New LPV/r-based fixed dose HIV combination for young children: first results with Quadrimune 4-in-1

Polly Clayden, HIV i-Base

In the first 31 children who completed the LOLIPOP study, the lopinavir/ritonavir (LPV/r), abacavir (ABC) and lamivudine (3TC) 4-in-1 was safe, well-accepted and effective in achieving or maintaining undetectable viral load – according to data presented at the 12th International Workshop on HIV Pediatrics. [1]

The 4-in-1 gave adequate drug exposures in children weighing 6 to <20 kg but, the investigators explained, a larger sample size is needed in the 3 to 5.9 kg weight band to fully assess exposures in this group.

LPV/r + ABC + 3TC is the preferred first-line treatment option for children living with HIV less than three years old in many countries.

In partnership with Drugs for Neglected Diseases Initiative (DNDi), Cipla has developed a strawberry-flavoured ABC/3TC/LPV/r (30/15/40/10 mg) 4-in-1 granule fixed dose combination (FDC) formulation for children called Quadrimune.

The LOLIPOP study is looking at the safety, pharmacokinetics (PK) and acceptability of the 4-in-1 FDC for the first time in children.

It is an ongoing phase 1/2, open-label, partially randomised, crossover study of the 4-in-1 versus ABC/3TC 60/30 mg dispersible tablets plus LPV/r 40/10 mg pellets (reference formulation) in 50 children, conducted in Uganda (two sites in Kampala and one in rural Mbarara).

Doses are according to WHO weight bands (WB): 3 to 5.9 kg (WB1), 6 to 9.9 kg (WB2), 10 to 13.9 kg (WB3) or 14 to 19.9 kg (WB4). Children in WB 2 to 4 were randomised (1:1) by WB to the reference formulation followed by the 4-in-1 for 21 days each or the other way round. Children in WB1 only received the 4-in-1 for 21 days.

The investigators performed intensive PK sampling after 21 days of treatment with each formulation. Safety was assessed throughout the study, efficacy at the end of the study and acceptability after 21 days on the 4-in-1.

By February 2020, 33 children had been enrolled: 29 in WB2, 3 and 4 (14 assigned to reference and 15 to 4-in-1 first); 4 children in WB1, 9 in WB2, 9 in WB3 and 11 in WB4.

At baseline, mean age overall was 32.3 months (SD 17.7), weight 11.3 kg (SD 3.8). The majority (76%) had been on LPV/r- based ART for at least 6 months and 88% were virally suppressed to <400 copies/mL and 48% to <50 copies/mL. Two children did not complete the study: one lost to follow-up and one withdrew consent.

At the end of the study, 30/31 (97%) children had viral load <400 copies/mL, including 20/31 (65%) with <50 copies/mL.

There were 101 reported AEs: 96 mild, 4 moderate and 1 severe. None led to treatment discontinuation.  One was serious (pneumonia) and began while receiving the reference formulation.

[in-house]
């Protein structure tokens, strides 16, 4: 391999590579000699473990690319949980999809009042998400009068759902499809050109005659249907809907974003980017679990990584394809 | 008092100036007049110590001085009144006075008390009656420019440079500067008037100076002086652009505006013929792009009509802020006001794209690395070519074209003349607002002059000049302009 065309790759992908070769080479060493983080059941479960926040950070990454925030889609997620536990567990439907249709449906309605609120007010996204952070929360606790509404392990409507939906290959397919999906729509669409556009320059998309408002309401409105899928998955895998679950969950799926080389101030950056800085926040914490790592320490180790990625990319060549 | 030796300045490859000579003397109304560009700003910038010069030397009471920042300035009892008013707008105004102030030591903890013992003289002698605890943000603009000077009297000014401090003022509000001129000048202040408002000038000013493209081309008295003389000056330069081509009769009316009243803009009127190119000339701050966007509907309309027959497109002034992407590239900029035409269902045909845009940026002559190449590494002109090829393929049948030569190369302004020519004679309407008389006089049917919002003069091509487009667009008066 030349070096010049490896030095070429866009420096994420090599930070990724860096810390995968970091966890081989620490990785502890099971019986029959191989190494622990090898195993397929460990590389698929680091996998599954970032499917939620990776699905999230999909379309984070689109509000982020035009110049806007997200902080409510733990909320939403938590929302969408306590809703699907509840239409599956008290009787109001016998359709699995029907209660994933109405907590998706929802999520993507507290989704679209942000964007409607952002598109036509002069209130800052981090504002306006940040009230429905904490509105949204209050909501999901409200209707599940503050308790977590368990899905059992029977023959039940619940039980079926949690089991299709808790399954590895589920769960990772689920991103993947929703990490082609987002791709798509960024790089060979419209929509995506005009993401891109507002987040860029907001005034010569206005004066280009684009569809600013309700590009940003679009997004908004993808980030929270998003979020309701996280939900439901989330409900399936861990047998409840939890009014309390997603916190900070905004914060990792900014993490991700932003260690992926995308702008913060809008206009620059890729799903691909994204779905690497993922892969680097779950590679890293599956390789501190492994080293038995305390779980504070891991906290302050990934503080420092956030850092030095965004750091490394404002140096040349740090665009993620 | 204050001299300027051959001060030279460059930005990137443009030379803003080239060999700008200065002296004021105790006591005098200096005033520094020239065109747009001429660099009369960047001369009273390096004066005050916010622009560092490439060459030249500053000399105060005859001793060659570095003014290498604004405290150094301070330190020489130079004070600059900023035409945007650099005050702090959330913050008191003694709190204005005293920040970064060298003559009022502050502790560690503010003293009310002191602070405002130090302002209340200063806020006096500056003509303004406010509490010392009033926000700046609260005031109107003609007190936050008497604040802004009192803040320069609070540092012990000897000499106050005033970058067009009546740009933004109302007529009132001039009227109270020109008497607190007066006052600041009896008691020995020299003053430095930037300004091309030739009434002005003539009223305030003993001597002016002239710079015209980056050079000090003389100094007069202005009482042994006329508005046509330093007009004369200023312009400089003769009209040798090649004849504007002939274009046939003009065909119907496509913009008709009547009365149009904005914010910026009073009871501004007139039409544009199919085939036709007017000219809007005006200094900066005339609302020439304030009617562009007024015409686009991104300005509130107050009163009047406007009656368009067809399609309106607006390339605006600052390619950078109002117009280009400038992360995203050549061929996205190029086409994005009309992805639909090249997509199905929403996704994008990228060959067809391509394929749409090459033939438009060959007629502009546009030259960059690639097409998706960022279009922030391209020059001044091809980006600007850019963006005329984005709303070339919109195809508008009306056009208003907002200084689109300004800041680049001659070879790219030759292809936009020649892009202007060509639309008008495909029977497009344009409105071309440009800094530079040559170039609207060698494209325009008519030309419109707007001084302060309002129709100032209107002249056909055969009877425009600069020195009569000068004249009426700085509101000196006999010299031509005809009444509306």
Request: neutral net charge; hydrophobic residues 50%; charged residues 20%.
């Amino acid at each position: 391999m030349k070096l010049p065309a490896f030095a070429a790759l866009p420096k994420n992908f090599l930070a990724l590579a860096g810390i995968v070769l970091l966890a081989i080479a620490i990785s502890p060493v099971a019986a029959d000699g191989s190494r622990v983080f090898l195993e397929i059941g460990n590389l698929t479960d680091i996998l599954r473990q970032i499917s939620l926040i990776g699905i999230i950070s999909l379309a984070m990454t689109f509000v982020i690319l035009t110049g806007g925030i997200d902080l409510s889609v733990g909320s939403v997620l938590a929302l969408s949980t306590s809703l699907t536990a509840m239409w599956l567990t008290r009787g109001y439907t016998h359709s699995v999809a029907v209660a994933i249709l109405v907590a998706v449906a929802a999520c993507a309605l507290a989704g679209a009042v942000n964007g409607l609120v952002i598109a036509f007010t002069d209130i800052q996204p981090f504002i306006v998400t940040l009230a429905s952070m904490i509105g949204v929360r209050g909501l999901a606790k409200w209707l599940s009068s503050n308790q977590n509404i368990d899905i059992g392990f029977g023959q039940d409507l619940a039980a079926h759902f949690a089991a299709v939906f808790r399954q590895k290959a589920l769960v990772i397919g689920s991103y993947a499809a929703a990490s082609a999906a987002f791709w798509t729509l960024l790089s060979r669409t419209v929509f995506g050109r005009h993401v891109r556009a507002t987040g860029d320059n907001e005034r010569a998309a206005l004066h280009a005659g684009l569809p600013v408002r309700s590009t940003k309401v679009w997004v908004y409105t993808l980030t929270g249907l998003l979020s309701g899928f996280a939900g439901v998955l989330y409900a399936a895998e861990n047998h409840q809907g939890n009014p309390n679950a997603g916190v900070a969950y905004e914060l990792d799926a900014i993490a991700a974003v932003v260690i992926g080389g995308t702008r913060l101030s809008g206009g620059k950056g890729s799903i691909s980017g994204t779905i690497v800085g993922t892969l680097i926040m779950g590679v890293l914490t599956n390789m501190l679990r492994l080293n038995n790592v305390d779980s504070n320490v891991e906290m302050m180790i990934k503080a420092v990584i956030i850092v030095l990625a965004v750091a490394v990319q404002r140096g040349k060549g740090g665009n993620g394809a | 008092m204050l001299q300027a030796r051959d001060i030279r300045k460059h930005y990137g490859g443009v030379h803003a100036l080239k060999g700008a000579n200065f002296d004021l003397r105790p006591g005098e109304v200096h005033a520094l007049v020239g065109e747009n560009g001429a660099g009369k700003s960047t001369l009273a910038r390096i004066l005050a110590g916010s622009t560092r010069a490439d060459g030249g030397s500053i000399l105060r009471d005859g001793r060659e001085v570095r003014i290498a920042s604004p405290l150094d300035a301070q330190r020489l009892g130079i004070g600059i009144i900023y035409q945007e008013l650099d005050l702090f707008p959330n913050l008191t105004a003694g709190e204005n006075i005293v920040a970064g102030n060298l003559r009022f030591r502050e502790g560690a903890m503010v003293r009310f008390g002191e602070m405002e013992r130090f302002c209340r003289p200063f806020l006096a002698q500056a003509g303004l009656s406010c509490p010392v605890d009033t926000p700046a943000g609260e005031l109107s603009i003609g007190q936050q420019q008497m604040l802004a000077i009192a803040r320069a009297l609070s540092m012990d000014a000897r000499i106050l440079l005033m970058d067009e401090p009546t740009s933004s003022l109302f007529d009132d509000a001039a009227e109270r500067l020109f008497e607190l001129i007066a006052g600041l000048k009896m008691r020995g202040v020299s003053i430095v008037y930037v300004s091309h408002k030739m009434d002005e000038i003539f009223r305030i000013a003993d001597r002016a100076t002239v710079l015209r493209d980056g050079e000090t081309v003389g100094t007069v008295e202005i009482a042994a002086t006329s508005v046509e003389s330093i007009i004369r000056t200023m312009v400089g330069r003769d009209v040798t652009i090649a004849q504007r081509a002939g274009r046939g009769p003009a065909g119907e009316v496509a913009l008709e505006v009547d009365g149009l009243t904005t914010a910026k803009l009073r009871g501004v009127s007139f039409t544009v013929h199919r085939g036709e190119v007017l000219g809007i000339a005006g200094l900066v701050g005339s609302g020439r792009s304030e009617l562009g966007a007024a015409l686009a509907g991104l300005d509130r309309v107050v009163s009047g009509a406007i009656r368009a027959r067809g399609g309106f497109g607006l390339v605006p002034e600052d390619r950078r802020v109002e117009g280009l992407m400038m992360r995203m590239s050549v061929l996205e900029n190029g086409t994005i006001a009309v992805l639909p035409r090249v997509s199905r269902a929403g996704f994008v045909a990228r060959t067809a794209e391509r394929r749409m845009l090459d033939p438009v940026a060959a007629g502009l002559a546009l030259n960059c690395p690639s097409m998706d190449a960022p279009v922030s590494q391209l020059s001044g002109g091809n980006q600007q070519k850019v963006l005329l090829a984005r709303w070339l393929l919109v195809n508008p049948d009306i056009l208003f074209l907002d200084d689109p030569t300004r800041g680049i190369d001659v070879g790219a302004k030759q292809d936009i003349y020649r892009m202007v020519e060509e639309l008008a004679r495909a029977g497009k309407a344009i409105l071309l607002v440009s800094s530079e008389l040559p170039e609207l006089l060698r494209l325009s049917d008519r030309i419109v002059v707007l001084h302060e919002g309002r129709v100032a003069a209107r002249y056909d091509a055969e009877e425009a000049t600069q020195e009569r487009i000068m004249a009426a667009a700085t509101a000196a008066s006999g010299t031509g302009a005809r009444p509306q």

With the 4-in-1, the geometric mean (GM) AUC 0–12 for ABC, 3TC and LPV were 5,479, 6,059 and 88,398 ng.h/mL, respectively, and GM for Cmax were 1,754, 1,125 and 10,103 ng/mL, respectively. These values were comparable to reference formulation.

Two (of four) children in WB1 (with severe wasting secondary to failure to thrive) had LPV C12 <1,000 ng/mL but one remained virologically suppressed and one became so. Enrollment in this WB is ongoing.

Final results from this study will be available early in 2021.

Results from the acceptability sub study of the 4-in-1 were reported in a related presentation. [2]

The investigators conducted 18 semi-structured, qualitative interviews and questionnaires with caregiver-child pairs.

In this small sample, all caregivers, irrespective of their children’s weight, found the 4-in-1 formulation highly acceptable – according to both questionnaire data and interviews.

Caregivers highlighted the flavour (sweet taste), ease of administration (using mainly local cow’s milk, porridge or water as available, even when breastfeeding), easy storage (not needing a fridge) and the child’s acceptance as important factors.

They found the 4-in-1 simpler than the pellets/tablets combination. They reported high short-term adherence due to effective support from health workers and noticeable improvements in children’s health.

The instructions helped caregivers to find most effective and appropriate ways to administer the 4-in-1 and to overcome problems such as vomiting.


The 4-in-1 has taken its time to finally emerge: these data look pretty good, and it is clearly an improvement on LPV syrups and pellets.

Whether this formulation is widely used will be linked to recent tentative approval, pricing agreement and plans for rapid scale up of the generic, scored, dispersible 10 mg dolutegravir formulation for young children. [3]


  1. Safety, pharmacokinetics and acceptability of the ABC/3TC/LPV/r GRANULES (4-in-1) in children living with HIV (3-20 kg) in Uganda: LOLIPOP study. 12th International Workshop on HIV Pediatrics (virtual meeting). 16–17 November 2020. Oral abstract 4. (Video)
  2. Acceptability of a new 4-in-1 abacavir/lamivudine/lopinavir/ritonavir paediatric fixed-dose combination: the caregiver-child dyads’ perspective. 12th International Workshop on HIV Pediatrics (virtual meeting). 16–17 November 2020. Oral abstract 6. (Video)
  3. Clayden P. New formulation of dolutegravir will make modern ART available for babies and young children at less than $120 a year. HTB. 9 December 2020.

Links to other websites are current at date of posting but not maintained.